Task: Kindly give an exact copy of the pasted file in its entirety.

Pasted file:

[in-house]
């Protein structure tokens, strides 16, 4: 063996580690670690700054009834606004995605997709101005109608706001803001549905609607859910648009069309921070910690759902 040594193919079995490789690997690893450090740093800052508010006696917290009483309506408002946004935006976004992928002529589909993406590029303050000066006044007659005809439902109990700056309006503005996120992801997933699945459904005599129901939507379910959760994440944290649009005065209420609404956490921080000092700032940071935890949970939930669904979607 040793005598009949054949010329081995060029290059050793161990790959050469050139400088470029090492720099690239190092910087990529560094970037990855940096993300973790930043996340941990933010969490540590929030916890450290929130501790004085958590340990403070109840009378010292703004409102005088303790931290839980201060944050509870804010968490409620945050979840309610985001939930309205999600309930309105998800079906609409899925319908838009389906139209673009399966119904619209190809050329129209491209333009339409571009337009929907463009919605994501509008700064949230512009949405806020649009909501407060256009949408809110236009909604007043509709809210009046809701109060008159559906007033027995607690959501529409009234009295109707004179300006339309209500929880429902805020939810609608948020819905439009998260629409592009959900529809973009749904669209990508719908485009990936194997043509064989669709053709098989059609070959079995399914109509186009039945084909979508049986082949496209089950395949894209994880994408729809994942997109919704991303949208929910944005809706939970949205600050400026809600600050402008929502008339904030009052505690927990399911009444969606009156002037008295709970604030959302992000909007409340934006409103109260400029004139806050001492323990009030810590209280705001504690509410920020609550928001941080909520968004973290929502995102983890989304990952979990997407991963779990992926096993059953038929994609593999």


[in-house]
């Protein structure tokens, strides 16, 4: 063996580690670690700054009834606004995605997709101005109608706001803001549905609607859910648009069309921070910690759902 040594193919079995490789690997690893450090740093800052508010006696917290009483309506408002946004935006976004992928002529589909993406590029303050000066006044007659005809439902109990700056309006503005996120992801997933699945459904005599129901939507379910959760994440944290649009005065209420609404956490921080000092700032940071935890949970939930669904979607 040793005598009949054949010329081995060029290059050793161990790959050469050139400088470029090492720099690239190092910087990529560094970037990855940096993300973790930043996340941990933010969490540590929030916890450290929130501790004085958590340990403070109840009378010292703004409102005088303790931290839980201060944050509870804010968490409620945050979840309610985001939930309205999600309930309105998800079906609409899925319908838009389906139209673009399966119904619209190809050329129209491209333009339409571009337009929907463009919605994501509008700064949230512009949405806020649009909501407060256009949408809110236009909604007043509709809210009046809701109060008159559906007033027995607690959501529409009234009295109707004179300006339309209500929880429902805020939810609608948020819905439009998260629409592009959900529809973009749904669209990508719908485009990936194997043509064989669709053709098989059609070959079995399914109509186009039945084909979508049986082949496209089950395949894209994880994408729809994942997109919704991303949208929910944005809706939970949205600050400026809600600050402008929502008339904030009052505690927990399911009444969606009156002037008295709970604030959302992000909007409340934006409103109260400029004139806050001492323990009030810590209280705001504690509410920020609550928001941080909520968004973290929502995102983890989304990952979990997407991963779990992926096993059953038929994609593999």